Going by the reported profile of the terrorist in custody, Ajmal Amir Kasav, the myth that poverty and deprivation makes for a terrorist is yet again being perpetuated, writes N Chandra Mohan.india Updated: Dec 03, 2008 22:19 IST
Going by the reported profile of the terrorist in custody, Ajmal Amir Kasav, the myth that poverty and deprivation makes for a terrorist is yet again being perpetuated. The 21-year-old is believed to have come from an impoverished family in Faridkot village, Pakistan. This sort of background suggests that the lure of upward mobility made him take up arms for ‘the cause’. Unfortunately, these details don’t quite gel with the fact that Kasav is fluent in English and tech-savvy.
But what makes a terrorist? The answer to this question is complex and varies from case to case. But it is generally observed that terrorists as a group are better educated and from wealthier families than the typical person from where they originate. This was mostly true for the Japanese Red Army, Germany’s Baader-Meinhof Gang and Italy's Red Brigade. A Kasav could be an exception, as the Lashkar-e-Tayyeba does deploy people who don’t quite fit this profile.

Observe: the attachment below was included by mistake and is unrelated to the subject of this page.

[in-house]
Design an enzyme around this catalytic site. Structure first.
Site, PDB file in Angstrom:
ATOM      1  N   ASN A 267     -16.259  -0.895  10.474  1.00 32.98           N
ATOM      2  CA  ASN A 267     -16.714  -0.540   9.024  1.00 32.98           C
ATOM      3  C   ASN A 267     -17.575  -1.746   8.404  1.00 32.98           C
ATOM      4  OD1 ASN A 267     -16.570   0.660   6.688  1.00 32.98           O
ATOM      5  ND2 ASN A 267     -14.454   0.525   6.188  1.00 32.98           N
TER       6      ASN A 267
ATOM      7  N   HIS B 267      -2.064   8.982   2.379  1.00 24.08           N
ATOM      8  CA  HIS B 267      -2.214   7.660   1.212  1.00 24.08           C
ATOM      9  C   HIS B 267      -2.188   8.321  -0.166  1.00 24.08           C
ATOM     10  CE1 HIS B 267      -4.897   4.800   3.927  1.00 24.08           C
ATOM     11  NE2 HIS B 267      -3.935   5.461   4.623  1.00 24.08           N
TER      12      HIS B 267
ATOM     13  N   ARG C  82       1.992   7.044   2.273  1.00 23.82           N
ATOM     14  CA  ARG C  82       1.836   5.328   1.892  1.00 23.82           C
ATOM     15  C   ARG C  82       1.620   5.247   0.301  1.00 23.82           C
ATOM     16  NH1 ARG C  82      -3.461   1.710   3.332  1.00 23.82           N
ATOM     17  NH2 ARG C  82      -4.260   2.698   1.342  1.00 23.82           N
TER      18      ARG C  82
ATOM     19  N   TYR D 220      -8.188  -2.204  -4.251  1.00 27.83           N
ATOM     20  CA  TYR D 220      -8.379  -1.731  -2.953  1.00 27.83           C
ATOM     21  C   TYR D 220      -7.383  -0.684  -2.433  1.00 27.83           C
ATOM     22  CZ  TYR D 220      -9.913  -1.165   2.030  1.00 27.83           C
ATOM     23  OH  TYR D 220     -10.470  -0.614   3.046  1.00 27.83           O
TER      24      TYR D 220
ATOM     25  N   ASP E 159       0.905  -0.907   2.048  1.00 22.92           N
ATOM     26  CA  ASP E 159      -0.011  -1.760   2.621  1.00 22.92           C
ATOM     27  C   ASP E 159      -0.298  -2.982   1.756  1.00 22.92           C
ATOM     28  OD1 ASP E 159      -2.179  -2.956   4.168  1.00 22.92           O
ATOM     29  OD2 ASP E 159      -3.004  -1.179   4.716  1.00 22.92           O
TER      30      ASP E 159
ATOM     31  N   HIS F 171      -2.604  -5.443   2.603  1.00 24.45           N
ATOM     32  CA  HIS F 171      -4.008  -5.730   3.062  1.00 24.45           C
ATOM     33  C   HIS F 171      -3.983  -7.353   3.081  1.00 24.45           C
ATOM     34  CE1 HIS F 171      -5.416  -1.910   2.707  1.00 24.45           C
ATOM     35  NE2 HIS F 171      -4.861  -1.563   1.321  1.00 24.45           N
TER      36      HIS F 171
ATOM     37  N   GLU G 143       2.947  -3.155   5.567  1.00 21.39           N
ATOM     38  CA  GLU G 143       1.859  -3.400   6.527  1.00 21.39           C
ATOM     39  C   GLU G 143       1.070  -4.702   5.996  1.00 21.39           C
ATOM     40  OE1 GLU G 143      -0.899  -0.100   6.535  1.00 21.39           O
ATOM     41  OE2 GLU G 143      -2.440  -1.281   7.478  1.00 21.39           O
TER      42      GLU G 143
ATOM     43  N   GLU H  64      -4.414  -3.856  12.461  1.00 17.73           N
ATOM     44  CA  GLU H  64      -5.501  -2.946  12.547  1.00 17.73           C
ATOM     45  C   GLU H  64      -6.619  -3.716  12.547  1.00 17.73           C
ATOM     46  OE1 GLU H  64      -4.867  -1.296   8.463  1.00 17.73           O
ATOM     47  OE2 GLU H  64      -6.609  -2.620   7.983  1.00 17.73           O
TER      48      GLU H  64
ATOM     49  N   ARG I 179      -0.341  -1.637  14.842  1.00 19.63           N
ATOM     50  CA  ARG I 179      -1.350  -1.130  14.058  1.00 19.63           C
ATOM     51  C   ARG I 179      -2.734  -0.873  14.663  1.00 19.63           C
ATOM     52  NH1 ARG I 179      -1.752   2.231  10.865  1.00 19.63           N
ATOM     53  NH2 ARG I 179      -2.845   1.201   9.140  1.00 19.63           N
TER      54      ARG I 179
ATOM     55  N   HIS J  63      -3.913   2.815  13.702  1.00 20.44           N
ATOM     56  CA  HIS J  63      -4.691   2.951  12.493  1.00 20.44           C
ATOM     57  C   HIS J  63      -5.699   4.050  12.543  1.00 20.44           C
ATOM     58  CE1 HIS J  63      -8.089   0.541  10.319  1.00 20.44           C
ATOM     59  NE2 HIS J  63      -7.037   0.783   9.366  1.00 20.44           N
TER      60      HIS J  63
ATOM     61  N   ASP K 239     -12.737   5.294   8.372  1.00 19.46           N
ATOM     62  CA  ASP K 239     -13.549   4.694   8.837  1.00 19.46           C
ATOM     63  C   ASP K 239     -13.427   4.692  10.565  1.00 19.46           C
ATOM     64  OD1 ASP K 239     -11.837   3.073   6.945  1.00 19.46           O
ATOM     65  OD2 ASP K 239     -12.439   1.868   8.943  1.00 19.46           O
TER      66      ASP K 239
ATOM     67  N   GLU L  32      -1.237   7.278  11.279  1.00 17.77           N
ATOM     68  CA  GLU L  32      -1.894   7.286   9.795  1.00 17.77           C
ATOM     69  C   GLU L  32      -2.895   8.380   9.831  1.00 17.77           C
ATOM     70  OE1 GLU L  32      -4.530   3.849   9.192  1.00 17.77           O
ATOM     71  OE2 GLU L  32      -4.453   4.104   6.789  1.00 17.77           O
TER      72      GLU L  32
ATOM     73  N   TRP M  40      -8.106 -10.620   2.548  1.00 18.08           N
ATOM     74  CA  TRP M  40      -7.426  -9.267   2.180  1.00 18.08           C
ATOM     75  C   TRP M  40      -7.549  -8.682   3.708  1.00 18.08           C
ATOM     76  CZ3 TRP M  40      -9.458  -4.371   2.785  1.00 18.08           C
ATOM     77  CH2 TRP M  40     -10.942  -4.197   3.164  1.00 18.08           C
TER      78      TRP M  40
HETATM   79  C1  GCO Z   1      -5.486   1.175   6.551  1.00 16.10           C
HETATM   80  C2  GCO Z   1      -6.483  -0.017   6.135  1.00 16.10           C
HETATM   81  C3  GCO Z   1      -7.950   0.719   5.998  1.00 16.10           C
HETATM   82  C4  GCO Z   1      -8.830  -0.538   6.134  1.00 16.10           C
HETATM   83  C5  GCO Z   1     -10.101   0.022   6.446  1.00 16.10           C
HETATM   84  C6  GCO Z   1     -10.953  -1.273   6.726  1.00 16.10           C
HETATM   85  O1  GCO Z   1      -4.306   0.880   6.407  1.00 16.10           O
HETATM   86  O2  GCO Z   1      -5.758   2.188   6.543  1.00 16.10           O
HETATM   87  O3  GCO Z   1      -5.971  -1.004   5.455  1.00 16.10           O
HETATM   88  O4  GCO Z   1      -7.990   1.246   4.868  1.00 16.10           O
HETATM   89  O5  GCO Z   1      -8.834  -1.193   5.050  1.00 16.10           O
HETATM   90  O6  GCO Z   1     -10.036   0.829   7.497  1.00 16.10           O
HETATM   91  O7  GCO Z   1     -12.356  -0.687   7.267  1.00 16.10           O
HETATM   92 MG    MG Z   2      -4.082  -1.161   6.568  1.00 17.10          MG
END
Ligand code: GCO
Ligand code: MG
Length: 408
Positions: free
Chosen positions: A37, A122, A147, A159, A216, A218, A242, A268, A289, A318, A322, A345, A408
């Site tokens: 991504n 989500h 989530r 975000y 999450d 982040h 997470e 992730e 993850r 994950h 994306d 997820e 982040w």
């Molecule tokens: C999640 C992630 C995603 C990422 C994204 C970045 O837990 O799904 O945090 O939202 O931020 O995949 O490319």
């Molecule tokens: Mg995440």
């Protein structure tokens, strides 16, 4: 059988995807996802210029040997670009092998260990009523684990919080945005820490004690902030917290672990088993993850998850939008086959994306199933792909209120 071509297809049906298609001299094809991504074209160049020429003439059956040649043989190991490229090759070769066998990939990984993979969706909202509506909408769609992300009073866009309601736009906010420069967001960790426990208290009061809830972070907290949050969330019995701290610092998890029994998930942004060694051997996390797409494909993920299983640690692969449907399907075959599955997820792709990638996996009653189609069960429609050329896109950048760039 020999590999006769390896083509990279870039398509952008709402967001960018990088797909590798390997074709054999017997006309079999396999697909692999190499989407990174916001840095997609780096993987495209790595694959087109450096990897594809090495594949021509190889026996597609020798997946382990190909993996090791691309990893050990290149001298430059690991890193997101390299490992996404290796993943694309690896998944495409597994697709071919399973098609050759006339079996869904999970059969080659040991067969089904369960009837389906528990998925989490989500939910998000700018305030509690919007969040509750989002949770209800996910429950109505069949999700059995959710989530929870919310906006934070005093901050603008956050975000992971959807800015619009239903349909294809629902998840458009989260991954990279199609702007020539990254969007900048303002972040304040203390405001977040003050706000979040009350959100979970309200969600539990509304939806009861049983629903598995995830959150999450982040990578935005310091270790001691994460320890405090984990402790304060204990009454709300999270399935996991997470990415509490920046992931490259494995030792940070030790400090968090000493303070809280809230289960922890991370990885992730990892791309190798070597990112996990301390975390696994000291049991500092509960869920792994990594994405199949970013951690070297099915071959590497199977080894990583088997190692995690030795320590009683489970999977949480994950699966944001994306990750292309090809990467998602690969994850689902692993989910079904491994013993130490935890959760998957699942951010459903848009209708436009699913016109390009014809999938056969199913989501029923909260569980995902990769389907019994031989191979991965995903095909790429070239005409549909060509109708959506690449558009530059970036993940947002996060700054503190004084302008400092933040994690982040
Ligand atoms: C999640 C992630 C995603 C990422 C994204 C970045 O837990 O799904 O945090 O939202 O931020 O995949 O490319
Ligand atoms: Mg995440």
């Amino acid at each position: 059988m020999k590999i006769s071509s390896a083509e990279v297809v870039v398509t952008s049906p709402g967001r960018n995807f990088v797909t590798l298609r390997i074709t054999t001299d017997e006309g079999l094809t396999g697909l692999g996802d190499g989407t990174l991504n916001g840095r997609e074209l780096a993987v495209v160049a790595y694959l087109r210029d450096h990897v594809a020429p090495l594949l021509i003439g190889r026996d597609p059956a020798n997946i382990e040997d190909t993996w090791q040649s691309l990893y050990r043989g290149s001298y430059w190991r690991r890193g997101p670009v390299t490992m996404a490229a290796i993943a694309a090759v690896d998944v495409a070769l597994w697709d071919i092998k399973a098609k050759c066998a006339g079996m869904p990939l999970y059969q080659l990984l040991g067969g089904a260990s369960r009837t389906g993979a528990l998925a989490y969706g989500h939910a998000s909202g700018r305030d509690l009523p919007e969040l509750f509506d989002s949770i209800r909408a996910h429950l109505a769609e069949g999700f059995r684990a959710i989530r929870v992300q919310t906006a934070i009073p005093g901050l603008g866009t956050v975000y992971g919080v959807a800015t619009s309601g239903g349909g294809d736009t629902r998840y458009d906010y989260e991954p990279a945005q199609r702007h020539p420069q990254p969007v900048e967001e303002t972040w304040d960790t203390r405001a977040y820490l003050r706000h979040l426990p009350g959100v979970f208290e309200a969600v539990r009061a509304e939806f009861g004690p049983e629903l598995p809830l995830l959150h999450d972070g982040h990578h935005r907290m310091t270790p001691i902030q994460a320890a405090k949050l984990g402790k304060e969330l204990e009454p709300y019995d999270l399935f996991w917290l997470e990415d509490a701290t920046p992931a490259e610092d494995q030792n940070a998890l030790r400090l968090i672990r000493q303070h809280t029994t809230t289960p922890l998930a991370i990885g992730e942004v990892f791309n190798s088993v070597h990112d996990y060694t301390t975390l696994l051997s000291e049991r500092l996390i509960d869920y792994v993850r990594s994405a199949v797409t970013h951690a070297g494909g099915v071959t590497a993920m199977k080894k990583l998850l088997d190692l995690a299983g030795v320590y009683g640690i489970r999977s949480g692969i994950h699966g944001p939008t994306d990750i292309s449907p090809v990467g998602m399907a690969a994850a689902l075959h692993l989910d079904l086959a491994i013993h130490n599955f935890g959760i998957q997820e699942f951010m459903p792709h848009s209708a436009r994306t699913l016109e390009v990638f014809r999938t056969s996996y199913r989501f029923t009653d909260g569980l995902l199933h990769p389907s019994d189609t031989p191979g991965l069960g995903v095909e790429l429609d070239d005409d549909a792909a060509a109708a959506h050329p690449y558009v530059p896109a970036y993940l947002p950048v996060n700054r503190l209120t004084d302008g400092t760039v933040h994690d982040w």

Alan Krueger of Princeton University, however, argues in What Makes a Terrorist: Economics and the Roots of Terrorism: “The evidence is nearly unanimous in rejecting either material deprivation or inadequate education as an important cause of support for terrorism or of participation in terrorist activities. The popular explanations for terrorism — poverty, lack of education, or the catch-all ‘They hate our way of life and freedom’ — simply have no systematic empirical basis.”
Addressing the American Economic Association in 2007, Krueger showed this was true also of the foreign opposition to US forces in Iraq, which emanated from nearby Muslim countries with repressive regimes rather than specific economic factors. Relatively better-off and educated people join the ranks of terrorists as they seek to influence political outcomes, much as they do when they vote in elections. So to understand what makes a terrorist we should ask: who holds strong political views and is confident enough to try to impose their extremist vision by violent means? “They are people,” says Krueger, “who care so fervently about a cause that they are willing to die for it.”